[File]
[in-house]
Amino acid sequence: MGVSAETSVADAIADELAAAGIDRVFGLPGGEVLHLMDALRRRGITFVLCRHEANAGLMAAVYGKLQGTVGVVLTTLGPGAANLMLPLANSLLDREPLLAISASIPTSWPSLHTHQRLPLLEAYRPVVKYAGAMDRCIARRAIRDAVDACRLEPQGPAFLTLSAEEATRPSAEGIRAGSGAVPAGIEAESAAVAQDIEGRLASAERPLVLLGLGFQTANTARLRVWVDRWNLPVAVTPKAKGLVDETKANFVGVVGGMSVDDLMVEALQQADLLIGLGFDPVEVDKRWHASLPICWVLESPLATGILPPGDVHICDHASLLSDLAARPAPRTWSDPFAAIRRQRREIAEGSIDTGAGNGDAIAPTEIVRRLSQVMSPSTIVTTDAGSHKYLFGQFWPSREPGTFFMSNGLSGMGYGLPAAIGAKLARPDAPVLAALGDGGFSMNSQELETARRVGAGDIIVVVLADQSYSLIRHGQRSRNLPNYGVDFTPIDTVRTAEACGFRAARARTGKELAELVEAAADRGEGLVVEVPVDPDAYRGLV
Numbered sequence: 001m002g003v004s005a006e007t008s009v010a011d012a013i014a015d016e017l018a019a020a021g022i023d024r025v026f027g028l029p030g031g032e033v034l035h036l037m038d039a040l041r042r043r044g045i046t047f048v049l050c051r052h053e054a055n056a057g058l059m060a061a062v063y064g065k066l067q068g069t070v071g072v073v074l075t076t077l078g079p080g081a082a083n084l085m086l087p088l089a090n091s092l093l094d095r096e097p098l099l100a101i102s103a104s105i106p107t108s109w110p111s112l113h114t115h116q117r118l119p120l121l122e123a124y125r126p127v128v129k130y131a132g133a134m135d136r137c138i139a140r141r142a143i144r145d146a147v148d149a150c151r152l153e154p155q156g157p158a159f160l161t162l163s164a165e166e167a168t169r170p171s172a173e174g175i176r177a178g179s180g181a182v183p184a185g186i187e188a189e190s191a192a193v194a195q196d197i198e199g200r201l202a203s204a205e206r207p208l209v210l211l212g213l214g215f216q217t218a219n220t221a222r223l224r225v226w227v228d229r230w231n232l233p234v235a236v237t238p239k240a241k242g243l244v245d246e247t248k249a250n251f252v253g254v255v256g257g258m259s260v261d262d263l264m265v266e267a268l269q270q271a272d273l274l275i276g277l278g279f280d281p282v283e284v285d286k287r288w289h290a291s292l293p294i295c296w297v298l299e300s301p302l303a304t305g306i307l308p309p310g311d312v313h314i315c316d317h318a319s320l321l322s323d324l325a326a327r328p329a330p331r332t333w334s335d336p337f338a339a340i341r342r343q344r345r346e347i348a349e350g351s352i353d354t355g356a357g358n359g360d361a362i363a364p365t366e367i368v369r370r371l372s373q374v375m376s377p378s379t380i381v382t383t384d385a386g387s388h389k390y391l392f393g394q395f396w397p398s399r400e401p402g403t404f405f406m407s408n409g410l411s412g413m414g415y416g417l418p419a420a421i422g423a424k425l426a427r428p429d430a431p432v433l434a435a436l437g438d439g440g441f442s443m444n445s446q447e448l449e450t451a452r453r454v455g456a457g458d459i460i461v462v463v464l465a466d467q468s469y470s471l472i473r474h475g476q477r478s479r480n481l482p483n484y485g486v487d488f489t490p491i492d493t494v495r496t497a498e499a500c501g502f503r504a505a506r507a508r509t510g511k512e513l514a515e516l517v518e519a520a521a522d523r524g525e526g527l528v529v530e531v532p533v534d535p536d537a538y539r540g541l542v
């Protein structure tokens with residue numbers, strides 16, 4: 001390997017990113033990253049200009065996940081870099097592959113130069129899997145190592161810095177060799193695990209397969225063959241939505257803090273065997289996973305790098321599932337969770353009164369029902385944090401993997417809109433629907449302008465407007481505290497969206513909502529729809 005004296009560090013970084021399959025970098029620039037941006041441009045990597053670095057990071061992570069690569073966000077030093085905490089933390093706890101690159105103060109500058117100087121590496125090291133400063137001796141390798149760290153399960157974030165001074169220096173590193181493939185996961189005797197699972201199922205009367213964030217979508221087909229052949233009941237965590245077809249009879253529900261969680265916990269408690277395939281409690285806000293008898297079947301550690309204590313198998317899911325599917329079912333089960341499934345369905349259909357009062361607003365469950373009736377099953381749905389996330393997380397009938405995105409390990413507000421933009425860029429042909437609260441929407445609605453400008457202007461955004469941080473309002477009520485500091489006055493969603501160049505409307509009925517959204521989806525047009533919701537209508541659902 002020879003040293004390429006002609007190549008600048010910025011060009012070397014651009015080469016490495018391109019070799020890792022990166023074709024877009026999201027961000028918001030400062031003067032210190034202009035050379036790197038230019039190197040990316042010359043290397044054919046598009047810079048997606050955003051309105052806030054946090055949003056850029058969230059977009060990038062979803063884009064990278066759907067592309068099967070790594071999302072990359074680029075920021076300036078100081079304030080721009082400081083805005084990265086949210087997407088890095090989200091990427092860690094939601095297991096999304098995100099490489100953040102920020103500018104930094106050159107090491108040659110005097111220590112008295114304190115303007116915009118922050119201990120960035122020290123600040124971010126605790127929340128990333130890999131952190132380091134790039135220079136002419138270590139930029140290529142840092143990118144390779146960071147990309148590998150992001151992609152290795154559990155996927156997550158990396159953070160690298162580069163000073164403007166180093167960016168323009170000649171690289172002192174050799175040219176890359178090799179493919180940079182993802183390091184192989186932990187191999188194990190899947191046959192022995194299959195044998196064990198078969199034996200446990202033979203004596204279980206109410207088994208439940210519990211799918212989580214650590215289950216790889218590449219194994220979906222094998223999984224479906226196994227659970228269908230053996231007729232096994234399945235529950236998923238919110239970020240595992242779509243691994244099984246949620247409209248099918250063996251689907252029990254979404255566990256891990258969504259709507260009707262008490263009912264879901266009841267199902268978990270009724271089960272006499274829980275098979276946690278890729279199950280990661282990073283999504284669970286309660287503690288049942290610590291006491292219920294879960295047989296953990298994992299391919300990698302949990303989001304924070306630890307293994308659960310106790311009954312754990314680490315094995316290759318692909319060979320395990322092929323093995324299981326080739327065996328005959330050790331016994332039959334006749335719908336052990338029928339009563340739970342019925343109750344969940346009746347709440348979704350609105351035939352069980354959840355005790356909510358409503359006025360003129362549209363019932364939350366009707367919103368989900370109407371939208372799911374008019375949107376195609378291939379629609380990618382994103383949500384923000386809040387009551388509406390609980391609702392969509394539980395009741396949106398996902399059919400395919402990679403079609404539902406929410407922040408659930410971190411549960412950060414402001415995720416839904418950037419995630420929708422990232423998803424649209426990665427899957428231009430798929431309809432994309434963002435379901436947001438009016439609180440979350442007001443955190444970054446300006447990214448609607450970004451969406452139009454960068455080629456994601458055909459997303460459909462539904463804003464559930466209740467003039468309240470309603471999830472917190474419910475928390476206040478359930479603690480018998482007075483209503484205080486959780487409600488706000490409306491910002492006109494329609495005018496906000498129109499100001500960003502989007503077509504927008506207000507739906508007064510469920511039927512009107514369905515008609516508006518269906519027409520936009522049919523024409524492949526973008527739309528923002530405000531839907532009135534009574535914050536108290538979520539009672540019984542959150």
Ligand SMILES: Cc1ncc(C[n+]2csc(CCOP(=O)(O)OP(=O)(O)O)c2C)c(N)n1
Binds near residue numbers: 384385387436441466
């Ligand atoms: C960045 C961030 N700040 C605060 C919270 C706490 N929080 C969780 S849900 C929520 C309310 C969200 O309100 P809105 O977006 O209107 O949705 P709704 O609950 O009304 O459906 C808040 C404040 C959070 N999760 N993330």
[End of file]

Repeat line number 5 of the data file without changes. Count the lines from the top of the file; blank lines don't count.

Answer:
Ligand SMILES: Cc1ncc(C[n+]2csc(CCOP(=O)(O)OP(=O)(O)O)c2C)c(N)n1